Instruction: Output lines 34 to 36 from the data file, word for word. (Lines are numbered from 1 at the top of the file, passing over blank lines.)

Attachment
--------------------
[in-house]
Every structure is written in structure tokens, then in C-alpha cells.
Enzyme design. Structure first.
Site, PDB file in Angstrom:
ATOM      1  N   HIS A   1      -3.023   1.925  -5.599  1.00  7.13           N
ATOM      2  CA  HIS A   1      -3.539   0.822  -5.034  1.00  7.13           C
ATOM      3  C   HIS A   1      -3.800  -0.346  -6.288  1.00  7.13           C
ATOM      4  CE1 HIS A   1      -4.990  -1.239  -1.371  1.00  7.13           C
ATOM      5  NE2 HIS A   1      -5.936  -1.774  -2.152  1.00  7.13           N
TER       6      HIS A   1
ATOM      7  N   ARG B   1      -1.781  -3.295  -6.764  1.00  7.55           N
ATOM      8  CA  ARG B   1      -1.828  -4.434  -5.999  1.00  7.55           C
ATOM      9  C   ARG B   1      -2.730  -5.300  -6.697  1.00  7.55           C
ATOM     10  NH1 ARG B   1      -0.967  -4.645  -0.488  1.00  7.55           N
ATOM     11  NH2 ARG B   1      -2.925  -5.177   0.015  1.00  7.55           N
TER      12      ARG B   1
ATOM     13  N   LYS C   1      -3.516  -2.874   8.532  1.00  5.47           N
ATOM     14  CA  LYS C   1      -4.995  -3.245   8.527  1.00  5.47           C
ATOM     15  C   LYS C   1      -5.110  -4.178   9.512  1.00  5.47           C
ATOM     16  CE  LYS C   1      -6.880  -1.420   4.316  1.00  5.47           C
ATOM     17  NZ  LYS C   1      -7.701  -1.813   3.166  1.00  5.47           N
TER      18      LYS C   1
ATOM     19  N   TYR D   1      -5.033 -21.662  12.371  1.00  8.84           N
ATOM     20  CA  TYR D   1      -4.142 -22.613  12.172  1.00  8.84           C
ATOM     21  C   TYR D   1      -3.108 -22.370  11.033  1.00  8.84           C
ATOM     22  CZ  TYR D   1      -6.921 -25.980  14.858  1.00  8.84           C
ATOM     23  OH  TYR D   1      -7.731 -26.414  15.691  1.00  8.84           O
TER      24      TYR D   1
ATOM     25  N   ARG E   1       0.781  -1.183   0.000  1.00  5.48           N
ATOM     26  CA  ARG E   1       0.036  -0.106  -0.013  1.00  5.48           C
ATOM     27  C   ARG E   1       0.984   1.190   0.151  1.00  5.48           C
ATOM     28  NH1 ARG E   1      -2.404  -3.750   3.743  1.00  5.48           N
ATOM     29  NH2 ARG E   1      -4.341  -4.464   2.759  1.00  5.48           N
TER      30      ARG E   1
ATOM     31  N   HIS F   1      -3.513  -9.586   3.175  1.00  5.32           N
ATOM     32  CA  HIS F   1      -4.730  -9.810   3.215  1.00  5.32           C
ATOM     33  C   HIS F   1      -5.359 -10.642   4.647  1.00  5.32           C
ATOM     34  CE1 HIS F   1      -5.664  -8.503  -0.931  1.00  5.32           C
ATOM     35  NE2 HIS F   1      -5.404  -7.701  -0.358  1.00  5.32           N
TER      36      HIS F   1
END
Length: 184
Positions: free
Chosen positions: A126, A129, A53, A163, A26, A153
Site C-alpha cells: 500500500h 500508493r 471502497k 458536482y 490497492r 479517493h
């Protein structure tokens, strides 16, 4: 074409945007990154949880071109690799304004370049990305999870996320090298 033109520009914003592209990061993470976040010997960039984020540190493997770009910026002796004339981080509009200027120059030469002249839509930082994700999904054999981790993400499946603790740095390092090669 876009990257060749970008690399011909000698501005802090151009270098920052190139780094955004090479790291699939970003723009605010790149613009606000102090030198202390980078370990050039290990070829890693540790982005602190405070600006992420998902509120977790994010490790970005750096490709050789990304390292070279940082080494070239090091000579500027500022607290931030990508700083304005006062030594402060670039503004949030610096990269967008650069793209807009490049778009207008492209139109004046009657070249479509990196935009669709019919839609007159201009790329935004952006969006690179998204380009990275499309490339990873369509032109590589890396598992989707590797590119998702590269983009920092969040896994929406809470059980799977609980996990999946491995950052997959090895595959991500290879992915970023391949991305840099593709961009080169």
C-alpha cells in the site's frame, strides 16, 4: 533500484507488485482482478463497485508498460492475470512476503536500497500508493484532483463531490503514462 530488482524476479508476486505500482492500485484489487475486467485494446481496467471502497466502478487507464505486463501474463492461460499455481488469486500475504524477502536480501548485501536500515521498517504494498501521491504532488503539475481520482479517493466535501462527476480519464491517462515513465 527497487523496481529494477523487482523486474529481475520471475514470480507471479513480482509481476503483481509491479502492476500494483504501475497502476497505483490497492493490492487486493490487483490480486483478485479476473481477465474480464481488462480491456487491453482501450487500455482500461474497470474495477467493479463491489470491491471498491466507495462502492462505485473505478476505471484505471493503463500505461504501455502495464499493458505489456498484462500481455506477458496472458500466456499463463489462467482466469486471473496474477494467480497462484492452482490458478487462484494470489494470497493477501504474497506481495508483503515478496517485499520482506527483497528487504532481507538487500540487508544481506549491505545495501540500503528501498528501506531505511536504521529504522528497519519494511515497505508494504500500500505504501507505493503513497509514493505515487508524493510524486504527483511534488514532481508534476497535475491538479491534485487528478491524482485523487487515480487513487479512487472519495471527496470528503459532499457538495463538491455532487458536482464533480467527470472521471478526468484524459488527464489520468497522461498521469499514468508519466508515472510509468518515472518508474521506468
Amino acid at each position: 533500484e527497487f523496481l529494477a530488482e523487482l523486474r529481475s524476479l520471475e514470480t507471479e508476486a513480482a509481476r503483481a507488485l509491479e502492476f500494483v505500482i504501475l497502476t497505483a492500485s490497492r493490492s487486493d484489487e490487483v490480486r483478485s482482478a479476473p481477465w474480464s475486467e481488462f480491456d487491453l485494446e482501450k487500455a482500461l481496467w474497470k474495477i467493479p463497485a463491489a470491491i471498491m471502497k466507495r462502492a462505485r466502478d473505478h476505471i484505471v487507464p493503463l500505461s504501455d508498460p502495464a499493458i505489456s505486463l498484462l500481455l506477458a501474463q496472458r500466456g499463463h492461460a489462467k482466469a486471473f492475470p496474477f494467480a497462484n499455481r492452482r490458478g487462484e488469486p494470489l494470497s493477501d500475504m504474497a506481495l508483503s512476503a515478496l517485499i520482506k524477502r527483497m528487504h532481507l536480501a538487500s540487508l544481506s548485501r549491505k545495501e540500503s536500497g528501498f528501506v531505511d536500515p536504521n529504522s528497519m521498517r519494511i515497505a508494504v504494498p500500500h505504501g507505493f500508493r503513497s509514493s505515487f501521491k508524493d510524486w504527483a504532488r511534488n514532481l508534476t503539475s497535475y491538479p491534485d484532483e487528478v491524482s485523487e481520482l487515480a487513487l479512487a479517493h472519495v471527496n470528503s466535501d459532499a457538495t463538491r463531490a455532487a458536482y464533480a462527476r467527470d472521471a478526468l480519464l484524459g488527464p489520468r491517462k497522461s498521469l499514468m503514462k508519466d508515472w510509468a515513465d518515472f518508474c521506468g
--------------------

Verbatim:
TER      30      ARG E   1
ATOM     31  N   HIS F   1      -3.513  -9.586   3.175  1.00  5.32           N
ATOM     32  CA  HIS F   1      -4.730  -9.810   3.215  1.00  5.32           C